Sign in to follow this  
Endemoniada

Vertex Buffers

Recommended Posts

Endemoniada    430
Hi guys, Is it alright to have a bunch of different vertex buffers ? I'm rendering different sized quads (16x16,32x32, etc.) and although I can put them all in a single vertex buffer it seems easier to manage with a seperate one for each quad size. What do you think ?

Share this post


Link to post
Share on other sites
mattm    165
Although i am no expert on this i feel that i should try and help as others have helped me:)

From what i know, the thing you want to keep to a minimum is the number of locks/unlock calls on the vertex buffer (i.e. the number of times you write new data to the buffer). Therefore, while it is perfectly legal to have many different vertex buffers these are not going to be the most effcient way of doing things both because:

a) Yuo will have lots of lock/unlock calls each time you write a buffer
b) There is lest chance of continuos memory usage = less efficient.

Now it may be that this is not a problem for you, but i would recommend trying to put all the vertexes that share a Vertex format in the same buffer and, if possible, put all this data in in one go (using a memcpy function).

I hope this helps, but like i said i am no expert on the matter so it may be i get corrected pretty soon!

Matt

Share this post


Link to post
Share on other sites
Mezz    571
Having a bunch of different vertex buffers is completely fine, as with most things when it comes to graphics the main variables are "how big" and "how many". Stick to reasonable sizes and amounts and there shouldn't be any problem.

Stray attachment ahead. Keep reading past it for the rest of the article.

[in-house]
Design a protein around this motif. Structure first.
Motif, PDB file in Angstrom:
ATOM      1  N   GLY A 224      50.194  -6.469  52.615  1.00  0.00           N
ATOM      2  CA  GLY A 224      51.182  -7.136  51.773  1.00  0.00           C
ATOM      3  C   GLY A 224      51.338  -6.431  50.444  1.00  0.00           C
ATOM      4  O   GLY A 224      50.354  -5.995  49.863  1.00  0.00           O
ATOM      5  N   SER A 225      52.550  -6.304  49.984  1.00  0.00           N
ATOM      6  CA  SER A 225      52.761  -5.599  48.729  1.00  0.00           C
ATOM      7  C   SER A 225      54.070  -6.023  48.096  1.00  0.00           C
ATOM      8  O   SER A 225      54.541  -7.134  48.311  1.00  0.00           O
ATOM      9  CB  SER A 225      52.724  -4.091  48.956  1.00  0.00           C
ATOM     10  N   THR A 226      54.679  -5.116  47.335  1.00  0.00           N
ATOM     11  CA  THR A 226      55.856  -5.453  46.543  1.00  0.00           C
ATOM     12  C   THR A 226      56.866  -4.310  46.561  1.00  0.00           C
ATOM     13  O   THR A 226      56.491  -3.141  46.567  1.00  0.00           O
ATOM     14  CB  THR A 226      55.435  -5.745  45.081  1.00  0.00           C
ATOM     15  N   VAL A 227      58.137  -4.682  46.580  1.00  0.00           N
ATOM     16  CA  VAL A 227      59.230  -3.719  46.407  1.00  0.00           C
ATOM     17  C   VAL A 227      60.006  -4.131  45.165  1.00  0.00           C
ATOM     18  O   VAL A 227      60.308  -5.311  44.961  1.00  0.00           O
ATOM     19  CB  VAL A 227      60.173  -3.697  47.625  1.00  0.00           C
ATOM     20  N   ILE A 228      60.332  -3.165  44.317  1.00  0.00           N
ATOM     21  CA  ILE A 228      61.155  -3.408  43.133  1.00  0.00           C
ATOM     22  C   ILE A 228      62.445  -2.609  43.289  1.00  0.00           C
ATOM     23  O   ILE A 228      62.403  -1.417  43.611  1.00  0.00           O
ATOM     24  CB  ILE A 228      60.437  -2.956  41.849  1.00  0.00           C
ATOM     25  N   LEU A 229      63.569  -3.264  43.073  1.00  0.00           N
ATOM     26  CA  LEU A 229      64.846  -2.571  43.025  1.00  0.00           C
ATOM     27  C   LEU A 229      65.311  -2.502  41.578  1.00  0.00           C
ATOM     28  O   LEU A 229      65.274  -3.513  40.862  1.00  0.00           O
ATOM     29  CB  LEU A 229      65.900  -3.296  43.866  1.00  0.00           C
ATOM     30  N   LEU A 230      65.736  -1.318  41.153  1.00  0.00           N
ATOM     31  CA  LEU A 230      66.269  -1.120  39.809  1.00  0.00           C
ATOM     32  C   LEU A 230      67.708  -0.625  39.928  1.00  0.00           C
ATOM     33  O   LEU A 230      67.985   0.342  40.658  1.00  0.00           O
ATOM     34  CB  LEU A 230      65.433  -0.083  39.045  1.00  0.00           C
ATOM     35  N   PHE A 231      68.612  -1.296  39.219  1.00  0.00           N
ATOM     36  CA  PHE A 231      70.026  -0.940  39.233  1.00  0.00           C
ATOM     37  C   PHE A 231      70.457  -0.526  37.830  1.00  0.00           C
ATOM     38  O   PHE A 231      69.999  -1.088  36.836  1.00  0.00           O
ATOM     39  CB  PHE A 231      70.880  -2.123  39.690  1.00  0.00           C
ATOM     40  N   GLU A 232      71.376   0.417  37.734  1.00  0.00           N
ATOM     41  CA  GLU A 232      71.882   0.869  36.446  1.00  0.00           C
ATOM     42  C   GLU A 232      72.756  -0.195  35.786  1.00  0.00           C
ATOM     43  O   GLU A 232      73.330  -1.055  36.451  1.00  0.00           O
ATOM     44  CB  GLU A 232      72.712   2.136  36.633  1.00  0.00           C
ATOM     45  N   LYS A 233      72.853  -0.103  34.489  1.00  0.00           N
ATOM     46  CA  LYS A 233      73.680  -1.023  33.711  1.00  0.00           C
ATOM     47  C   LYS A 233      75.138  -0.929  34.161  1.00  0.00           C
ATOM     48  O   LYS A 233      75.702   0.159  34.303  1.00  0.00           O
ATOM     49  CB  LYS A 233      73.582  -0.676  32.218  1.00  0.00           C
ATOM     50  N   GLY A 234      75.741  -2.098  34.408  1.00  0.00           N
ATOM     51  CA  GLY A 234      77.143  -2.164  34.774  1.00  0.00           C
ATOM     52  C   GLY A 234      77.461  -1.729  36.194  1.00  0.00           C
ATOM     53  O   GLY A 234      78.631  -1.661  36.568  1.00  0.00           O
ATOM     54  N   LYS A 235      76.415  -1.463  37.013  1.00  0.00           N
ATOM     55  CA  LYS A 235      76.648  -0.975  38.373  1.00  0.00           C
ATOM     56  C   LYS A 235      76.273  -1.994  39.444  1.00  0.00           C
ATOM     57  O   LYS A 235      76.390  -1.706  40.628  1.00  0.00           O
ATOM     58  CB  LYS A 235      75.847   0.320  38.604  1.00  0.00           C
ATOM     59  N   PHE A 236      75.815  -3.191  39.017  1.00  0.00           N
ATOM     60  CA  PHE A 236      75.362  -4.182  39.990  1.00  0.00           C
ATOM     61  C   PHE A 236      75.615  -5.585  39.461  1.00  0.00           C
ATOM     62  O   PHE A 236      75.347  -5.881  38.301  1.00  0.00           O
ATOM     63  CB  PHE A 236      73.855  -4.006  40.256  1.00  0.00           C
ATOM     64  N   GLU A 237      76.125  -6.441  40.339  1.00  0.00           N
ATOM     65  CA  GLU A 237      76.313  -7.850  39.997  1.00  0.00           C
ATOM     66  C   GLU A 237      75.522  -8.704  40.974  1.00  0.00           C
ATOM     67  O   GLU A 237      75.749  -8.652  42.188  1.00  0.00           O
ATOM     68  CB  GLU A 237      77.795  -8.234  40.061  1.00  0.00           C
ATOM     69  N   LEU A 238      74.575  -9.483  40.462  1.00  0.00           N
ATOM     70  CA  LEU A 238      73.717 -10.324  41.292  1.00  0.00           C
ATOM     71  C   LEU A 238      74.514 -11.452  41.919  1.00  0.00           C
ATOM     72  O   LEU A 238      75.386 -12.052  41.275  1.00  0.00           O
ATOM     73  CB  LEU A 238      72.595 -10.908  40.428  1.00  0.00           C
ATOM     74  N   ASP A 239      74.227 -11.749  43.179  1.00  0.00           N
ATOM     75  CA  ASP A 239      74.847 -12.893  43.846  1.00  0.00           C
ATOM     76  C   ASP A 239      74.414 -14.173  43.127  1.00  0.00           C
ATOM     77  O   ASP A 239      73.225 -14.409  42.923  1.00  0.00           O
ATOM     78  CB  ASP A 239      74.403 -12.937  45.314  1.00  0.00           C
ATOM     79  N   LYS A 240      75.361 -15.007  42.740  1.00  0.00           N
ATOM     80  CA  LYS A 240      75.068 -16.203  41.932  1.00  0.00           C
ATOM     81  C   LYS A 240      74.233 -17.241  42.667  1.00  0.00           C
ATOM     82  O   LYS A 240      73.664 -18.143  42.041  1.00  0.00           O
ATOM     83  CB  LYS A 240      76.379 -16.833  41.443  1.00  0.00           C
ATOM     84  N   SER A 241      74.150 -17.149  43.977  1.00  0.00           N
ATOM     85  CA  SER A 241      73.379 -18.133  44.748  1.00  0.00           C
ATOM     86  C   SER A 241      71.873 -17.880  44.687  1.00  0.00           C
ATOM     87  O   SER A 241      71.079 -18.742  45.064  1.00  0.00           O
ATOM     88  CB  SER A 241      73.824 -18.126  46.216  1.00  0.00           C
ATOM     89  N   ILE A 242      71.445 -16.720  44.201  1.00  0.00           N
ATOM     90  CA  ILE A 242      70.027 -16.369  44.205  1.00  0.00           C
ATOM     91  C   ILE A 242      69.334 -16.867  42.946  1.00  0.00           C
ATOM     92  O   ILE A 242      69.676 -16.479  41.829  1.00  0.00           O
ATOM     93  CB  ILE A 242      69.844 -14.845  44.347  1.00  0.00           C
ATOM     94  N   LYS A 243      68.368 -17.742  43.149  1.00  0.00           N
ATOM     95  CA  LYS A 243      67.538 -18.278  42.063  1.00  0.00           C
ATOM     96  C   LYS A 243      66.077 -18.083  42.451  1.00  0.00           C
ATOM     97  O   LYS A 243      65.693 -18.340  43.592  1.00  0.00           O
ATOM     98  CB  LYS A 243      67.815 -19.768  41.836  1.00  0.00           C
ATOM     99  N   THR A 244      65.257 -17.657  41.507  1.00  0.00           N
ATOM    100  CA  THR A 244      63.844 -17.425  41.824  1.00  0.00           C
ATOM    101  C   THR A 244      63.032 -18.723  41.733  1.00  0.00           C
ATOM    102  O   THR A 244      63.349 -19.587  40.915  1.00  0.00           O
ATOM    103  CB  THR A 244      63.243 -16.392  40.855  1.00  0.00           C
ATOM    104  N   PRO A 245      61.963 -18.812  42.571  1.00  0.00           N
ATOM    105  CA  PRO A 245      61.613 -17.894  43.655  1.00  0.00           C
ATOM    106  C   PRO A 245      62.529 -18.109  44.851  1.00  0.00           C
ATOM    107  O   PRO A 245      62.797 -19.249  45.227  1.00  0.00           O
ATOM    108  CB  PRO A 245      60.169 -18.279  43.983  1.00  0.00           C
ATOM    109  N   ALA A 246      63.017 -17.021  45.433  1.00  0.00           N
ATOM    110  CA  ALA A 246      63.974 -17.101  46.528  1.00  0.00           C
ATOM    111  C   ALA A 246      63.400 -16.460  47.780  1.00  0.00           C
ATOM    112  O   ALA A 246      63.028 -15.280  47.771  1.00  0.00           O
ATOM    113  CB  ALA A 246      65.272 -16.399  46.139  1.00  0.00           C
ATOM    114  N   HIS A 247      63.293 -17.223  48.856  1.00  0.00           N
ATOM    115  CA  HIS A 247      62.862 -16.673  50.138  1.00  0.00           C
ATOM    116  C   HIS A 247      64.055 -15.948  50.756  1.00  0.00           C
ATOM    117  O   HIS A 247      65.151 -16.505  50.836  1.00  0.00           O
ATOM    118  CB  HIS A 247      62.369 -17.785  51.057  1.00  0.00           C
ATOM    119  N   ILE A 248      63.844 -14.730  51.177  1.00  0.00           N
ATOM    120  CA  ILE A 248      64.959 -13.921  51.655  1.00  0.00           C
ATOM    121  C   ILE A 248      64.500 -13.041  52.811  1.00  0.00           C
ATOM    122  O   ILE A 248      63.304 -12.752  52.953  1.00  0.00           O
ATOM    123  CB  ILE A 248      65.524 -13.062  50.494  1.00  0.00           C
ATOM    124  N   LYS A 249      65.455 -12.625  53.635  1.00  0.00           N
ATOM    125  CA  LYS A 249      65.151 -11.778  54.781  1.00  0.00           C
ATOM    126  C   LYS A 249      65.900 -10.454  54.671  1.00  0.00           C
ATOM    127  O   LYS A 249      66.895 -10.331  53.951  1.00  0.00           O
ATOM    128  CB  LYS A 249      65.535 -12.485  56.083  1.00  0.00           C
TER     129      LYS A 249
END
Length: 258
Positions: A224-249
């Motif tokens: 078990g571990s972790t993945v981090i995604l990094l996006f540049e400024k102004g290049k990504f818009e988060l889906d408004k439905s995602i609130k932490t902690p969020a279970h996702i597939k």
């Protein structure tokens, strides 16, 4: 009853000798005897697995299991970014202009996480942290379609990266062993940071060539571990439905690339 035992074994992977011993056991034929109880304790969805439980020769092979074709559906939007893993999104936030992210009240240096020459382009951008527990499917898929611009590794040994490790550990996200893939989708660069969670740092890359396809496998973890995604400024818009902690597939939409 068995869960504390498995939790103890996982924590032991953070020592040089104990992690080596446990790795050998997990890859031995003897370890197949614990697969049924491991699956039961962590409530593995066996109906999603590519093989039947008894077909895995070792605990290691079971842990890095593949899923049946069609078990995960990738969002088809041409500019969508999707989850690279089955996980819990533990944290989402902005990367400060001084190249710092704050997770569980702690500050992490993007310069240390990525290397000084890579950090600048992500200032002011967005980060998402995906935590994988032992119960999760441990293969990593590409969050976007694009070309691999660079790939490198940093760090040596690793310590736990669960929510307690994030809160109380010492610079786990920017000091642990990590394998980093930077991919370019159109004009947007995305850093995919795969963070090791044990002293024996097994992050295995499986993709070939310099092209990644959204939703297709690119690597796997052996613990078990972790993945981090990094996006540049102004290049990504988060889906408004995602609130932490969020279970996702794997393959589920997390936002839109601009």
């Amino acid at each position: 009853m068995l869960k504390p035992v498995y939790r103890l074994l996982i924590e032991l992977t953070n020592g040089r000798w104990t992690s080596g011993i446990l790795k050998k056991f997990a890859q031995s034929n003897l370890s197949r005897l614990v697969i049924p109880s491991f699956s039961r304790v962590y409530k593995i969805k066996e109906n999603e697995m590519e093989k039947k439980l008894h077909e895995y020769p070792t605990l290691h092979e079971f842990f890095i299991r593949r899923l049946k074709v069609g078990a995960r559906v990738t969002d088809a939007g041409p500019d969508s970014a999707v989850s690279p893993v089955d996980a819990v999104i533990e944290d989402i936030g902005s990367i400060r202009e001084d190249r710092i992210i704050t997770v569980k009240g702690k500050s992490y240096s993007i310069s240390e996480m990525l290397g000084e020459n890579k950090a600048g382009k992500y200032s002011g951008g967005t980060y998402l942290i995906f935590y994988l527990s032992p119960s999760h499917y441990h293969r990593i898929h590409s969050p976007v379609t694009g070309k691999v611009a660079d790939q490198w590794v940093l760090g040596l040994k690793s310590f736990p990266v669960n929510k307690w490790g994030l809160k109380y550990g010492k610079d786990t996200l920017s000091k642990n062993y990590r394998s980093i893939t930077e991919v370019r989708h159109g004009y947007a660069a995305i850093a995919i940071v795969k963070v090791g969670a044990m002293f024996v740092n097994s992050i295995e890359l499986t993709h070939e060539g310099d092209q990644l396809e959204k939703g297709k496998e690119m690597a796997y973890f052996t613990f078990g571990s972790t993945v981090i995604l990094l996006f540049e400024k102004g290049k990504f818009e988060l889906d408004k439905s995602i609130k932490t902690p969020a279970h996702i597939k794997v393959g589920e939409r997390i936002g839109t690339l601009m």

What you want to avoid is swapping vertex buffers (i.e. SetStreamSource()) and Lock()/Unlock() calls.

SetStreamSource() calls are unavoidable, just like SetTexture() calls - all you can do is minimise them as best you can by sorting your drawing appropriately.

Lock/Unlock calls are easy to avoid. Write all your data to the vertex buffer once during initialisation, and don't touch your VBs again. If you need frequent locking support (typically you might need it for particles or animation, depending on which methods you're using) use dynamic buffers.

-Mezz

Share this post


Link to post
Share on other sites
Endemoniada    430
Thanks guys.

Yeah, I'm making sure to call Lock/Unlock only once so I only do them at initialization time. I wasn't sure about the SetStreamSource() call, to me it just seemed like setting a pointer but maybe a lot more goes on in there.

I guess for my quads I'm better off with just one vertex buffer, then I can use elements 0-3 for my first quad, 4-7 for my next quad and so on. I'll set up the quads so I don't have to scale them, so the 0-3 vertices will be for the 16x16 quads, 4-7 for the 32x32 quads and so on.

It should work out nicely as long as I do the housekeeping correctly.

Take care.

Share this post


Link to post
Share on other sites

Create an account or sign in to comment

You need to be a member in order to leave a comment

Create an account

Sign up for a new account in our community. It's easy!

Register a new account

Sign in

Already have an account? Sign in here.

Sign In Now

Sign in to follow this